Sometimes people forget that driving is considered to be a privilege and not a right.
However, the Hearing Officers working for the Driver License Appeal Division of the State of Michigan understand all too well that driving is a privilege, and they are extremely cautious when determining whether your privileges should be restored especially when a revocation has occurred for multiple alcohol related convictions.
The law requires the Secretary of State to automatically suspend or revoke your drivers license for certain violations and multiple convictions within a given framework of years.
The action taken against your drivers license depends on a number of factors, including the type of violation or unsafe driving habits involved, your driving record, and your willingness to comply with assessment recommendations and requirements.
Licensing actions range from revocations to restrictions and suspensions. Here is an overview: If you have two OWI, impaired driving, or reckless driving convictions in a seven year time period from the date of the first conviction to the date of conviction of the last (not dates of arrest), or three offenses within ten years, your license will be revoked for at least, depending on your earlier record, one to five years. Any driving on a suspended or revoked license offenses that occur subsequently to the revocation will likely lengthen your eligibility to get a hearing date and will likely lessen your chances of success with the hearing officer’s discretion.
If you lose at a hearing before a Secretary of State Hearing Officer, it will be another year before you can try again. If you lose you can appeal to the Circuit Court, but only on the grounds of the decision being arbitrary, capricious or an abuse of discretion on the part of the Hearing Officer. It is a difficult appeal because former Gov. Engler removed much of the Circuit Court’s ability to intercede based on hardship appeals, and further other challenges, except for the three listed above, are no longer available because of new statutory language. It has been said that Michigan’s criminal penalties for drunk driving are among the most lenient, but that the civil factor of license restoration is second to none in difficulty when it comes to getting it back. Michigan’s statutory language states that having two offenses within a seven-year period is habitual. The petitioner must overcome the presumption that he or she is not a habitual drunk driver in order to prevail. Prevailing means, except in cases involving permanently out of state petitioners who lost their license in Michigan, that if you “win” at the hearing, you will still have at least one more year of having an interlock system installed on only one vehicle that you are allowed to drive under other restrictions (unless you establish on the record that you permanently live outside the State of Michigan and have come back only to clear your record for application for a license in another state). Following this the individual has to re-apply ‘de novo’ (starting over from step one), which involves getting new a prognostic assessment, eight-panel drug blood screen, preparing a new petition/application, and obtaining new letters of support (all signed before a Notary Public, timely dated, with full name printed or typed, address, and phone number, w/e-mail if possible)… Otherwise, the appeal will likely be rejected.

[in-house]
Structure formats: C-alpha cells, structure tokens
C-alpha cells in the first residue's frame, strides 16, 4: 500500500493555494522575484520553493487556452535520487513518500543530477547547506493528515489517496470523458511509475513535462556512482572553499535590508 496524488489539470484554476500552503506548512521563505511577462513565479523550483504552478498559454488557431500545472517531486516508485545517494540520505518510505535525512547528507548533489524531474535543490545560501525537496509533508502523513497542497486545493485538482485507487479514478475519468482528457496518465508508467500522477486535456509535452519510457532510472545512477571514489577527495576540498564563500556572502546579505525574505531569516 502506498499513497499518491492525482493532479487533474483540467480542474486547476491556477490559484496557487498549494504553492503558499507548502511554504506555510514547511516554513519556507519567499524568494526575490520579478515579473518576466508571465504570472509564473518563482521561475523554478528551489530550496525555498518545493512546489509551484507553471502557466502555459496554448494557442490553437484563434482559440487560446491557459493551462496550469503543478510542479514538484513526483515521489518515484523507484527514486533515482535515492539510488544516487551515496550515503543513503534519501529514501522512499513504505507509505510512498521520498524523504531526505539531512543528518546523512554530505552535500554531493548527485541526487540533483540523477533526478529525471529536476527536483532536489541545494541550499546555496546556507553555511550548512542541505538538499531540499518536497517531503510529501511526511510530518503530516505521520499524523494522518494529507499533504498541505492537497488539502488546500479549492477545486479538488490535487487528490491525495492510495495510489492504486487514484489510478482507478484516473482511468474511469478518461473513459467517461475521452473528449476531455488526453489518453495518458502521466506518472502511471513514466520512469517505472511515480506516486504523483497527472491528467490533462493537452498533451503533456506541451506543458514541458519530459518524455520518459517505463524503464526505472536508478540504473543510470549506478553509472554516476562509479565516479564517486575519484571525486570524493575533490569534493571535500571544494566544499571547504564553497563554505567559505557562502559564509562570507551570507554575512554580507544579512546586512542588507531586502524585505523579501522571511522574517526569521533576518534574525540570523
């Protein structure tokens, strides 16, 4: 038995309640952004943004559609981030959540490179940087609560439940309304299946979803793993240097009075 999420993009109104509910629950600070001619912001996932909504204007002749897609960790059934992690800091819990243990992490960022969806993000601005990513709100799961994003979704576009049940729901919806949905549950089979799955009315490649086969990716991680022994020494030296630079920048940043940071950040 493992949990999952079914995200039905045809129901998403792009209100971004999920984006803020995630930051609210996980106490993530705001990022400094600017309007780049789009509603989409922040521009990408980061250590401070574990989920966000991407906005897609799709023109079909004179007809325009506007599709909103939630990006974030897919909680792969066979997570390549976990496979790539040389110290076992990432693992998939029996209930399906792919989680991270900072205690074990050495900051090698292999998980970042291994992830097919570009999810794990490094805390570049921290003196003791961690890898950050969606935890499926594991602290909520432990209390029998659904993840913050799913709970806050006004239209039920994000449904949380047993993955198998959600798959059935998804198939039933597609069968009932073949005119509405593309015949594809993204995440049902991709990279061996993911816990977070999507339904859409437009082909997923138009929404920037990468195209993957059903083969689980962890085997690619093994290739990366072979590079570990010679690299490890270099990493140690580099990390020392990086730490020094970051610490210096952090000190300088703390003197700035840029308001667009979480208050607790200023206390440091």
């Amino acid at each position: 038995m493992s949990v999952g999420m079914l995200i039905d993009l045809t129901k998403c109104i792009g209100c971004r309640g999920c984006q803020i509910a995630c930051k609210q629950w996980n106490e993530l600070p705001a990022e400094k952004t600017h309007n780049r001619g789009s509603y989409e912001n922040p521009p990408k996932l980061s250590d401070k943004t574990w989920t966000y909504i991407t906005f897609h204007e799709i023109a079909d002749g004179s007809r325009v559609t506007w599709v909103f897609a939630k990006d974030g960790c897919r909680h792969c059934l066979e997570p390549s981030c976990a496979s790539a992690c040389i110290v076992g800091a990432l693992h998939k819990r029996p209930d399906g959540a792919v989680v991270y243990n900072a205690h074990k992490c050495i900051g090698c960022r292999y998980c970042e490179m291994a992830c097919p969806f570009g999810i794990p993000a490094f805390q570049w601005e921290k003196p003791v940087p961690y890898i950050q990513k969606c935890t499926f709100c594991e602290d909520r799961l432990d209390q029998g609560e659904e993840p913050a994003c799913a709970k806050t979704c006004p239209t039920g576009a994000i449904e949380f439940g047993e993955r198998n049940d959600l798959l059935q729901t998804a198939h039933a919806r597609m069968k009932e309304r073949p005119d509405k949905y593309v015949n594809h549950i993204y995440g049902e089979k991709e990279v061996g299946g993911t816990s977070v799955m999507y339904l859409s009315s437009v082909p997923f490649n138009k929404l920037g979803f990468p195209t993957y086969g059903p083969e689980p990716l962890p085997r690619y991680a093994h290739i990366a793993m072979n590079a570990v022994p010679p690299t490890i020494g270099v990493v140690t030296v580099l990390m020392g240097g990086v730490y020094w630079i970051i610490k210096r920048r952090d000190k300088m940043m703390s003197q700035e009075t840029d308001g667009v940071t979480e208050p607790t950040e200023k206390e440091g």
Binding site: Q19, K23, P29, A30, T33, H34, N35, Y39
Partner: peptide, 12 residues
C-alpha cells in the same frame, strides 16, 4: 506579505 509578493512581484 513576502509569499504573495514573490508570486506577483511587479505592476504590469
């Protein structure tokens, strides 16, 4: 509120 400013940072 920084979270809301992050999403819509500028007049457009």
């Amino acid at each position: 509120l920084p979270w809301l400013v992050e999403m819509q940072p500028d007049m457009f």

The process of restoring a driver’s license generally takes about three to five months (depending on the present State hearing schedulings. Secretary of State restoration hearing are held throughout Michigan at SOS offices, but please read the following:
- NOTE: In January 2010, by Administrative Order, the Driver Assessment & Appeal Division is now beginning a “Video Hearing” process at the restoration hearing. This means that an “Evidence Affidavit” must be completed and returned within 14 days prior to requesting a hearing date and all evidence, including an ignition interlock final report, if applicable, must be included. As they are now assigning case numbers, if this is not received, the case may be closed. The Hearing Officer at the hearing will not be present, but will appear on a television monitor. After the Evidence Affidavit is received by the Department of State, a hearing date will be assigned within four weeks, and notice will be sent out regarding the date and time, usually within ten days before the hearing. Witnesses may still appear, but you are responsible for interpreters who must be qualified by the State, and such interpreters cannot be a family member or friend. THIS DOES NOT APPLY TO APPEALS HELD IN THE CITY OF LANSING or if the attorney who filled the appearance in the appeal is from the capital area or otherwise requests a hearing with a ‘live’ hearing officer.
We have handled nearly 1,900 driver’s license restoration cases, and have prevailed the first time on all but twelve occasions. We have done this type of work for over forty years.
We believe that everyone deserves access to aggressive and affordable advocacy. Call us today to schedule your free consultation.
Our results speak for themselves. With a record of success and a practice philosophy that puts respect and compassion at the core of our personalized defense and advocacy strategies, The Williams Law Firm will be an effective, cost effective and personable avenue of representation for you.
Experienced Michigan restoration lawyers will let you know of all opportunities and what they can do for you when it comes to recovering your driver’s license.